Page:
Type: Wooden steamer Length: 220.0 x 37.0 x 13.3 ft., 1391 gt. Depth: 15 ft. Location: L'anse LON/LAT: 46.45'32"/88.27'31"
Just off the municipal dock at L'Anse lies one of the Keweenaw's most interesting wrecks. Seldom dived because of her location, the Northerner offers an excellent archeological record as well as a fascinating history. She was built at Marine City, Michigan in 1871 by Morley & John J. Hill for Mr. J.M. Nicoll of Detroit and came out with official number 67128 as a two masted barge with a propeller hull but no machinery. She was constructed with large arched trusses running the length of her hull, and was used as a simple towbarge until 1880 when she was fitted with a low pressure 50" x 40" engine bult by S.F. Hodge in 1880.
On November 12, 1886 she was severely burned after stranding on the north side of the reef at Kelleys Island, Lake Erie, with a cargo of lime. She burned down to her hull as shown in this rare photo following the accident.
This began the Northerner's reputation as a hard luck ship. She suffered numerous accidents after this and despite being rebuilt she was plagued with crew problems. She was rebuilt in 1887 for Thomas Matham of Buffalo as a coarse freighter and valued at $75,000, with a double deck, gangways and steel arches. In 1890 she was again sold to the Rochester Transportation Co. of Rochester, NY. Marine historian Herman Runge recalled seeing her at Milwaukee unloading coal and described her as follows: "When I knew her in 1891, she had 3 masts, and a black stack with a broad red band and a black ball - she was here with coal; her home port was Rochester, NY."
The Northerner was then chartered by Ward's Lake Superior Line to carry package freight, and it was in this capacity that she met her end. On December 7, 1892 she was upbound under Captain Peter McKinnon with a cargo of barrelled oil and steel rails when she blundered onto Keweenaw Point due to poor visibility. Salvors were soon on the scene and after dumping 2000 barrels of oil from her cargo, she floated free. She was then towed to L'Anse where she was laid up for repair, while the thick sludge from her oil washed up along Superior's south shore all winter.
On December 11th, the Northerner burned in a suspicious accident that remains unexplained. While she lay at her dock, someone dropped a kerosene lantern in her lamp room. Still saturated with oil, the Northerner was an immediate inferno. As the fire approached the remaining barrels of oil, Captain McKinnon allegedly tried to prevent local firefighters from extinguishing the flames. Apparently, he was successful, as the barrels flared and spread the fire to the nearby dock and warehouse which were also destroyed. The Northerner could not be extinguished and had to be scuttled to stop her from burning. Captain McKinnon was immediately relieved of command by Captain John McCullough, but it was too late for the Northerner. She was abandoned where she lay, but salvors did recover most of her cargo of tempered steel rails. The Northerner was a loss of $50,000 and insurers were quick to scrutinize the behavior of the captain and crew. Arson was strongly suspected but it is unclear if any charges resulted.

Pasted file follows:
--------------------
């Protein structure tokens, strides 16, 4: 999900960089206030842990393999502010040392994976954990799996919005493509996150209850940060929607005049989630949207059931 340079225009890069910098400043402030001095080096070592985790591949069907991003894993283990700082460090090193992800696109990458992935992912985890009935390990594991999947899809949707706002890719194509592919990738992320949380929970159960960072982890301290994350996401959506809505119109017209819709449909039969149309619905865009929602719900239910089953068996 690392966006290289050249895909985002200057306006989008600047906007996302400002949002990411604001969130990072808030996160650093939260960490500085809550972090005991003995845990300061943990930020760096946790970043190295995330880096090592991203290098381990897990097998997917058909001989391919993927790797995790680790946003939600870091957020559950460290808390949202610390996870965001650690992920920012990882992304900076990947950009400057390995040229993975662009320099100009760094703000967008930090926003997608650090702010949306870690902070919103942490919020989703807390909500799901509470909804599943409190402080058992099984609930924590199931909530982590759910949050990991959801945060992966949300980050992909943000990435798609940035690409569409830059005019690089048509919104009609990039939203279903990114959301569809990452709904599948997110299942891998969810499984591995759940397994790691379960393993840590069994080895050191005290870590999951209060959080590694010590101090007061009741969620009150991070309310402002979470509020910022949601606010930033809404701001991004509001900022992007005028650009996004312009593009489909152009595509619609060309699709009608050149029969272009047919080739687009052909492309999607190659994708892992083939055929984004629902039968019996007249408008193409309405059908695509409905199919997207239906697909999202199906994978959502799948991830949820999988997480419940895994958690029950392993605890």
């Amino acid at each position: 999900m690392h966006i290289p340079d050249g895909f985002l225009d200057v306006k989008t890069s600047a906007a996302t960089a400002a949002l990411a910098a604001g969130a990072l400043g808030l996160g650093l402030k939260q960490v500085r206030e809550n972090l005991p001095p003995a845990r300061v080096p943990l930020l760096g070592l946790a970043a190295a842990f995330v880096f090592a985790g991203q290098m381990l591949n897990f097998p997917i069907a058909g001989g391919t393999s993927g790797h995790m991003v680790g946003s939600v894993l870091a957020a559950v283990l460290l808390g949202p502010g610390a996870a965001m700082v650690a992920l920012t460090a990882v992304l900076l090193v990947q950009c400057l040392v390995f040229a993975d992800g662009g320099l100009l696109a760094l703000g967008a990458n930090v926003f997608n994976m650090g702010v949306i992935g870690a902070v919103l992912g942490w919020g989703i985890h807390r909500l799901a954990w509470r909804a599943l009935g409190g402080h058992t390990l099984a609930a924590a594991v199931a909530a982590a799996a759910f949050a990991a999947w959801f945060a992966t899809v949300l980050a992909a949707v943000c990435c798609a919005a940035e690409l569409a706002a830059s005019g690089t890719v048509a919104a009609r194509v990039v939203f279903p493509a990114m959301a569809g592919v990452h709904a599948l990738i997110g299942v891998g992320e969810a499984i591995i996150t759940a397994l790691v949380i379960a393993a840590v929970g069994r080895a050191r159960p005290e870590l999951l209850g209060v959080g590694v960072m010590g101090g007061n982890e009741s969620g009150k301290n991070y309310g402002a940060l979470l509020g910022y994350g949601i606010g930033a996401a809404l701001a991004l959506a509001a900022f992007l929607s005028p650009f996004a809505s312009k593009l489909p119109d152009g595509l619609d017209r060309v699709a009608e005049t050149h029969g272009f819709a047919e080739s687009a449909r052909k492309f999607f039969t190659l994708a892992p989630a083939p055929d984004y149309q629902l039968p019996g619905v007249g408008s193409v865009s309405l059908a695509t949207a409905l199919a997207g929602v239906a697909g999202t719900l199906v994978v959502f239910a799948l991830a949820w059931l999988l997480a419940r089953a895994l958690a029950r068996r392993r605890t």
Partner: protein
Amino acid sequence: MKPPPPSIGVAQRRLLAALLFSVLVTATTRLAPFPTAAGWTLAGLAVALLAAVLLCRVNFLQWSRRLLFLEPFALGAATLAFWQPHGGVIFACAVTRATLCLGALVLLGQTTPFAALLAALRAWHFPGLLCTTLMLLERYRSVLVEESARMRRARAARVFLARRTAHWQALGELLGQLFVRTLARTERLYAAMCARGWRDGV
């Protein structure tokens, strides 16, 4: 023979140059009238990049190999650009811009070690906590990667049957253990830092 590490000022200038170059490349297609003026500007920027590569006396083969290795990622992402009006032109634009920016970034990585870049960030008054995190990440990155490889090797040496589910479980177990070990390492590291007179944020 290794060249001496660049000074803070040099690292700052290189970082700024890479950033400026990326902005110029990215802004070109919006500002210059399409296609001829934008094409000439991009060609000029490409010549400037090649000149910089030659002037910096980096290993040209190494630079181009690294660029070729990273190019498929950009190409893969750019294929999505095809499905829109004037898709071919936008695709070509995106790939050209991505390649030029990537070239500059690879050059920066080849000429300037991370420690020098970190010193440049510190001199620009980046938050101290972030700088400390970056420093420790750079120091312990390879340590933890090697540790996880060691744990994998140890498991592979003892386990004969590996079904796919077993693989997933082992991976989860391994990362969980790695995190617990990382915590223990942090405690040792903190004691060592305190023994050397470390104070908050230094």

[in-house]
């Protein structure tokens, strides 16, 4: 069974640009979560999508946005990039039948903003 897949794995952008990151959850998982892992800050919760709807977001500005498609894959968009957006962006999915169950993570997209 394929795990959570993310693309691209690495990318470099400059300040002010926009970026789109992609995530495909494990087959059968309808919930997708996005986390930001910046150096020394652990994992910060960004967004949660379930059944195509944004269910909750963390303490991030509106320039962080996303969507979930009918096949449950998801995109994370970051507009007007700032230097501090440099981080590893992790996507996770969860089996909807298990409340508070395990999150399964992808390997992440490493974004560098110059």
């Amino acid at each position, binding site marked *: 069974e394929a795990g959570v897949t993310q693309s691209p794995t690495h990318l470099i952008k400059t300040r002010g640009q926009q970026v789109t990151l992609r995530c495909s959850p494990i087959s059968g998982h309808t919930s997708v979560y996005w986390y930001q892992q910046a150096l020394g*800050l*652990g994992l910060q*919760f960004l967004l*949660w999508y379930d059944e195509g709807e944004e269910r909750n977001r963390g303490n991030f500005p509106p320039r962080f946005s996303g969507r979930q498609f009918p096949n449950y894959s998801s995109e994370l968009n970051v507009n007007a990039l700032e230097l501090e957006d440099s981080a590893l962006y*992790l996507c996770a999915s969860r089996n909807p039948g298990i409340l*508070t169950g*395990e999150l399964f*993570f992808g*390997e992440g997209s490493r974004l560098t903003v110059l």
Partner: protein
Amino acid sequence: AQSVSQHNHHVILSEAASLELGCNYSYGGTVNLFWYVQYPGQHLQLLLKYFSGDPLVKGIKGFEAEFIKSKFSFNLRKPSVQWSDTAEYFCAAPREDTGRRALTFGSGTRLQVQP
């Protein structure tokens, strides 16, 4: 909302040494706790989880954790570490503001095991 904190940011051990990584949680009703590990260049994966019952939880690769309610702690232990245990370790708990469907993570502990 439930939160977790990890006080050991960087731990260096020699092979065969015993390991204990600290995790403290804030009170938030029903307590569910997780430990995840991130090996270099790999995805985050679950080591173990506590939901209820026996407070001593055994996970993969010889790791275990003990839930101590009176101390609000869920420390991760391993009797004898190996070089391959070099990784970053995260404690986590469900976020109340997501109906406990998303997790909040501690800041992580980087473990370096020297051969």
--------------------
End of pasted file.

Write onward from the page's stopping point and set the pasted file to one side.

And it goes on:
Today the Northerner lies just off the municipal boat launch at L'Anse. She is in 10 -15 ft. of water and has substantial remains. Portions of her hull and frames remain as well as a good deal of machinery and tools. This site contains a number of small artifacts and tools which should be left for archeological survey. Like all the Keweenaw's wrecks, the Northerner is owned by the State and is monitored regularly. Please don't steal what remains.
In a sad development, the Northerner wreck was severely damaged by a construction project in the summer of 1999. Despite her historic nature and relative publicity, construction crews gave her little consideration and destroyed or removed significant portions of the wreck.
References: Milwaukee Public Library, Herman Runge Collection, Julius F. Wolff Jr.-Lake Superior Shipwrecks, Randolph Beebe, David Swayze Wrecklist, NOAA Chart #14971